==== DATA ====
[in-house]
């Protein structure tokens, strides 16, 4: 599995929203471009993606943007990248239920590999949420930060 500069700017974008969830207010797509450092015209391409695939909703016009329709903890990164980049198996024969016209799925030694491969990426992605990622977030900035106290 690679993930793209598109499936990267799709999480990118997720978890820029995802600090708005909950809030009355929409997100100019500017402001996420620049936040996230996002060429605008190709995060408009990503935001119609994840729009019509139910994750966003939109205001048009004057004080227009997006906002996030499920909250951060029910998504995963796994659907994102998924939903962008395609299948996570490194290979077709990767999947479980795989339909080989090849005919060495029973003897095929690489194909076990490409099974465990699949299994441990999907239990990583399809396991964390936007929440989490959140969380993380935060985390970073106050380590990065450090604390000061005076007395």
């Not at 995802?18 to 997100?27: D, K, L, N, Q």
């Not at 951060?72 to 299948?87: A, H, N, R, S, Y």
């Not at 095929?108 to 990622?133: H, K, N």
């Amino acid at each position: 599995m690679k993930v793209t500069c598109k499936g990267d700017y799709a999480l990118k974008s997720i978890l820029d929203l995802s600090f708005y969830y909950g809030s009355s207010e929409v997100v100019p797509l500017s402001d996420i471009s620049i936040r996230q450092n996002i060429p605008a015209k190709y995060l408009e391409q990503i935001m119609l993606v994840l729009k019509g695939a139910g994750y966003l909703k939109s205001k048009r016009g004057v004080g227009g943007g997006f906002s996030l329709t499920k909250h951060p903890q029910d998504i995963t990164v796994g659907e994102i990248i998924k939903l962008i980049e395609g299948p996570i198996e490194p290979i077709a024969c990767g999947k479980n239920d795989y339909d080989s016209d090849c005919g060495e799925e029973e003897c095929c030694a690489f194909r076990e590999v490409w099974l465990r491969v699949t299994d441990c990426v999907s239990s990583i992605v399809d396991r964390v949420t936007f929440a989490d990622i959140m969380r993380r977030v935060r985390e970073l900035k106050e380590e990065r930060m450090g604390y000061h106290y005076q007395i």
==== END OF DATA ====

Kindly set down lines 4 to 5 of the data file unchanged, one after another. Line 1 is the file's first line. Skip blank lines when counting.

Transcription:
């Not at 951060?72 to 299948?87: A, H, N, R, S, Y």
């Not at 095929?108 to 990622?133: H, K, N």